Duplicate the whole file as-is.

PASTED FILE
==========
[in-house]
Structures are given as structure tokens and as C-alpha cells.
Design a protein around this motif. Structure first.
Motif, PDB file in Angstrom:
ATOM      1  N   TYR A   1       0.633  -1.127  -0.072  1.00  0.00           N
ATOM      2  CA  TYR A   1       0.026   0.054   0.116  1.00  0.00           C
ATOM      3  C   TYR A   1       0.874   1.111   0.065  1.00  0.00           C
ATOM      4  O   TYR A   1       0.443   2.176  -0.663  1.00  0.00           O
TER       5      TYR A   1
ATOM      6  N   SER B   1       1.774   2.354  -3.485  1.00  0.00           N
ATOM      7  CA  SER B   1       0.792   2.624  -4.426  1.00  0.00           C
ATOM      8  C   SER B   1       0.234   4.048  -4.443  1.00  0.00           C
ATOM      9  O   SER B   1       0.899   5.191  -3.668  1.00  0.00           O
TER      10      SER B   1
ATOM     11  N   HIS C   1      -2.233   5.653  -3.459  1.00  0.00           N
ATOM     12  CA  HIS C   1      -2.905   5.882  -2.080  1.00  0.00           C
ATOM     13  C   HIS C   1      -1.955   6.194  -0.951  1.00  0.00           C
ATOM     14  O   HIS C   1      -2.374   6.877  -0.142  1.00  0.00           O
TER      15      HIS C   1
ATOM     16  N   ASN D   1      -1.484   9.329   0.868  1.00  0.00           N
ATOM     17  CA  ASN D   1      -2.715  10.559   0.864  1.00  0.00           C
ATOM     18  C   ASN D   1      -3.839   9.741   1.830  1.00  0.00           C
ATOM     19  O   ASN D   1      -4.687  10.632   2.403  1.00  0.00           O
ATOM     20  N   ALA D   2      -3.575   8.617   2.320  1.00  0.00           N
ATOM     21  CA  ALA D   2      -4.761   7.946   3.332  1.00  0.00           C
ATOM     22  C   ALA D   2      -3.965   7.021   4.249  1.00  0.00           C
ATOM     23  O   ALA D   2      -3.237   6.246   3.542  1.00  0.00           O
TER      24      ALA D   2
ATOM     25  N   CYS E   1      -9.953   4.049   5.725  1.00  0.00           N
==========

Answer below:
[in-house]
Structures are given as structure tokens and as C-alpha cells.
Design a protein around this motif. Structure first.
Motif, PDB file in Angstrom:
ATOM      1  N   TYR A   1       0.633  -1.127  -0.072  1.00  0.00           N
ATOM      2  CA  TYR A   1       0.026   0.054   0.116  1.00  0.00           C
ATOM      3  C   TYR A   1       0.874   1.111   0.065  1.00  0.00           C
ATOM      4  O   TYR A   1       0.443   2.176  -0.663  1.00  0.00           O
TER       5      TYR A   1
ATOM      6  N   SER B   1       1.774   2.354  -3.485  1.00  0.00           N
ATOM      7  CA  SER B   1       0.792   2.624  -4.426  1.00  0.00           C
ATOM      8  C   SER B   1       0.234   4.048  -4.443  1.00  0.00           C
ATOM      9  O   SER B   1       0.899   5.191  -3.668  1.00  0.00           O
TER      10      SER B   1
ATOM     11  N   HIS C   1      -2.233   5.653  -3.459  1.00  0.00           N
ATOM     12  CA  HIS C   1      -2.905   5.882  -2.080  1.00  0.00           C
ATOM     13  C   HIS C   1      -1.955   6.194  -0.951  1.00  0.00           C
ATOM     14  O   HIS C   1      -2.374   6.877  -0.142  1.00  0.00           O
TER      15      HIS C   1
ATOM     16  N   ASN D   1      -1.484   9.329   0.868  1.00  0.00           N
ATOM     17  CA  ASN D   1      -2.715  10.559   0.864  1.00  0.00           C
ATOM     18  C   ASN D   1      -3.839   9.741   1.830  1.00  0.00           C
ATOM     19  O   ASN D   1      -4.687  10.632   2.403  1.00  0.00           O
ATOM     20  N   ALA D   2      -3.575   8.617   2.320  1.00  0.00           N
ATOM     21  CA  ALA D   2      -4.761   7.946   3.332  1.00  0.00           C
ATOM     22  C   ALA D   2      -3.965   7.021   4.249  1.00  0.00           C
ATOM     23  O   ALA D   2      -3.237   6.246   3.542  1.00  0.00           O
TER      24      ALA D   2
ATOM     25  N   CYS E   1      -9.953   4.049   5.725  1.00  0.00           N